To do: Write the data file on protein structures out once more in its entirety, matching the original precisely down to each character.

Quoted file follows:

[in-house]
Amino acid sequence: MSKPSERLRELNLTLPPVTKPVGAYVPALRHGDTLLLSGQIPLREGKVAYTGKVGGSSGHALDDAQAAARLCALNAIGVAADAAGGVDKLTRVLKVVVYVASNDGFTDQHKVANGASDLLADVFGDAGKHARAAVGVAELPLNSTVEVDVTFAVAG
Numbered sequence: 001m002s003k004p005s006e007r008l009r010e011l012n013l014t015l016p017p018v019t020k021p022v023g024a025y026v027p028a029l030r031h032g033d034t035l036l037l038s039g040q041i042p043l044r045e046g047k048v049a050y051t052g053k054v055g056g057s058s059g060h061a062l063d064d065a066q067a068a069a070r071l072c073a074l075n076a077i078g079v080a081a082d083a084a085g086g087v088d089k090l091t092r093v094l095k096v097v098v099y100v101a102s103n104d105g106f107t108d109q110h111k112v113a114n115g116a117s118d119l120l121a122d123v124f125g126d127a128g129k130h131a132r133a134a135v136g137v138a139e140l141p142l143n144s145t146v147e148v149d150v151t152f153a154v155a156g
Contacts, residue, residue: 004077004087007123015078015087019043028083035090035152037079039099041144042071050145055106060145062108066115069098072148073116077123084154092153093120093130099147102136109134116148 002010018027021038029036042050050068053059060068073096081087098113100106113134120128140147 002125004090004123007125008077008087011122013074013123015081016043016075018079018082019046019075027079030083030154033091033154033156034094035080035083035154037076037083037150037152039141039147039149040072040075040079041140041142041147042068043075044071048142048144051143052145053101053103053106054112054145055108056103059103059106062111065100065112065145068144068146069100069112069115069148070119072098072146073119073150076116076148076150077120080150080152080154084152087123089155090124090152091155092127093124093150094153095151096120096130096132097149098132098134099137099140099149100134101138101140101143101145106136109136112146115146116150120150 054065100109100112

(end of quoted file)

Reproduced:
[in-house]
Amino acid sequence: MSKPSERLRELNLTLPPVTKPVGAYVPALRHGDTLLLSGQIPLREGKVAYTGKVGGSSGHALDDAQAAARLCALNAIGVAADAAGGVDKLTRVLKVVVYVASNDGFTDQHKVANGASDLLADVFGDAGKHARAAVGVAELPLNSTVEVDVTFAVAG
Numbered sequence: 001m002s003k004p005s006e007r008l009r010e011l012n013l014t015l016p017p018v019t020k021p022v023g024a025y026v027p028a029l030r031h032g033d034t035l036l037l038s039g040q041i042p043l044r045e046g047k048v049a050y051t052g053k054v055g056g057s058s059g060h061a062l063d064d065a066q067a068a069a070r071l072c073a074l075n076a077i078g079v080a081a082d083a084a085g086g087v088d089k090l091t092r093v094l095k096v097v098v099y100v101a102s103n104d105g106f107t108d109q110h111k112v113a114n115g116a117s118d119l120l121a122d123v124f125g126d127a128g129k130h131a132r133a134a135v136g137v138a139e140l141p142l143n144s145t146v147e148v149d150v151t152f153a154v155a156g
Contacts, residue, residue: 004077004087007123015078015087019043028083035090035152037079039099041144042071050145055106060145062108066115069098072148073116077123084154092153093120093130099147102136109134116148 002010018027021038029036042050050068053059060068073096081087098113100106113134120128140147 002125004090004123007125008077008087011122013074013123015081016043016075018079018082019046019075027079030083030154033091033154033156034094035080035083035154037076037083037150037152039141039147039149040072040075040079041140041142041147042068043075044071048142048144051143052145053101053103053106054112054145055108056103059103059106062111065100065112065145068144068146069100069112069115069148070119072098072146073119073150076116076148076150077120080150080152080154084152087123089155090124090152091155092127093124093150094153095151096120096130096132097149098132098134099137099140099149100134101138101140101143101145106136109136112146115146116150120150 054065100109100112